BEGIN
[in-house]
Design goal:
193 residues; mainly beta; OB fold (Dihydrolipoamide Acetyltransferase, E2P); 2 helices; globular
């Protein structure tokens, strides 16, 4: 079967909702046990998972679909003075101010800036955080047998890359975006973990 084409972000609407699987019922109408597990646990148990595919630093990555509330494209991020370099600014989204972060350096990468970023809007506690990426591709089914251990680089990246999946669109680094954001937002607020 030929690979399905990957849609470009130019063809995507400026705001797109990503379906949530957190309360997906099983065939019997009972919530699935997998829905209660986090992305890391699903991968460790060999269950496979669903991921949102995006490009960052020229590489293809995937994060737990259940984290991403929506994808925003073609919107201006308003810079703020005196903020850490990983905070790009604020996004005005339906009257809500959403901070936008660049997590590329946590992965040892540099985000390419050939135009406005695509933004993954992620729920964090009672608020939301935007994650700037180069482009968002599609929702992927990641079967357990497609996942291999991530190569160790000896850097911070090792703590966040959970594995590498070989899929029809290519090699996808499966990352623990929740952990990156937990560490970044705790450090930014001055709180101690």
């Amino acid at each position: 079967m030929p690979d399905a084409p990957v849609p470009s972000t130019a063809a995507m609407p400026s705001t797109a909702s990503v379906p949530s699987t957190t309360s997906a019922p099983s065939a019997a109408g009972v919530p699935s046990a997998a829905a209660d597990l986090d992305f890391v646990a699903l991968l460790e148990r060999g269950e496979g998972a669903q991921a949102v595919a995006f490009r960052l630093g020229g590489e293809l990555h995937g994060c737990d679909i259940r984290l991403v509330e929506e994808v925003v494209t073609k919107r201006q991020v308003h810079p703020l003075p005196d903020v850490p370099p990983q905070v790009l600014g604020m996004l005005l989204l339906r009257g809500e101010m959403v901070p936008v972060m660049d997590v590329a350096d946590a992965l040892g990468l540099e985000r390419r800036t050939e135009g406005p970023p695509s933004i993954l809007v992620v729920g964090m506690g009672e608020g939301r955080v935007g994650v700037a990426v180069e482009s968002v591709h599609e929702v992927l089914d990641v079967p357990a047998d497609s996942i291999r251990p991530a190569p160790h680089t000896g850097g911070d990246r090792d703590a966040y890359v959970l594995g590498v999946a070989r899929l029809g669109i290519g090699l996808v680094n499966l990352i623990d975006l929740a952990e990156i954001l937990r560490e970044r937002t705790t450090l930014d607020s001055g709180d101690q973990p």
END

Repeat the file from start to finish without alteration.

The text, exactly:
[in-house]
Design goal:
193 residues; mainly beta; OB fold (Dihydrolipoamide Acetyltransferase, E2P); 2 helices; globular
């Protein structure tokens, strides 16, 4: 079967909702046990998972679909003075101010800036955080047998890359975006973990 084409972000609407699987019922109408597990646990148990595919630093990555509330494209991020370099600014989204972060350096990468970023809007506690990426591709089914251990680089990246999946669109680094954001937002607020 030929690979399905990957849609470009130019063809995507400026705001797109990503379906949530957190309360997906099983065939019997009972919530699935997998829905209660986090992305890391699903991968460790060999269950496979669903991921949102995006490009960052020229590489293809995937994060737990259940984290991403929506994808925003073609919107201006308003810079703020005196903020850490990983905070790009604020996004005005339906009257809500959403901070936008660049997590590329946590992965040892540099985000390419050939135009406005695509933004993954992620729920964090009672608020939301935007994650700037180069482009968002599609929702992927990641079967357990497609996942291999991530190569160790000896850097911070090792703590966040959970594995590498070989899929029809290519090699996808499966990352623990929740952990990156937990560490970044705790450090930014001055709180101690």
């Amino acid at each position: 079967m030929p690979d399905a084409p990957v849609p470009s972000t130019a063809a995507m609407p400026s705001t797109a909702s990503v379906p949530s699987t957190t309360s997906a019922p099983s065939a019997a109408g009972v919530p699935s046990a997998a829905a209660d597990l986090d992305f890391v646990a699903l991968l460790e148990r060999g269950e496979g998972a669903q991921a949102v595919a995006f490009r960052l630093g020229g590489e293809l990555h995937g994060c737990d679909i259940r984290l991403v509330e929506e994808v925003v494209t073609k919107r201006q991020v308003h810079p703020l003075p005196d903020v850490p370099p990983q905070v790009l600014g604020m996004l005005l989204l339906r009257g809500e101010m959403v901070p936008v972060m660049d997590v590329a350096d946590a992965l040892g990468l540099e985000r390419r800036t050939e135009g406005p970023p695509s933004i993954l809007v992620v729920g964090m506690g009672e608020g939301r955080v935007g994650v700037a990426v180069e482009s968002v591709h599609e929702v992927l089914d990641v079967p357990a047998d497609s996942i291999r251990p991530a190569p160790h680089t000896g850097g911070d990246r090792d703590a966040y890359v959970l594995g590498v999946a070989r899929l029809g669109i290519g090699l996808v680094n499966l990352i623990d975006l929740a952990e990156i954001l937990r560490e970044r937002t705790t450090l930014d607020s001055g709180d101690q973990p």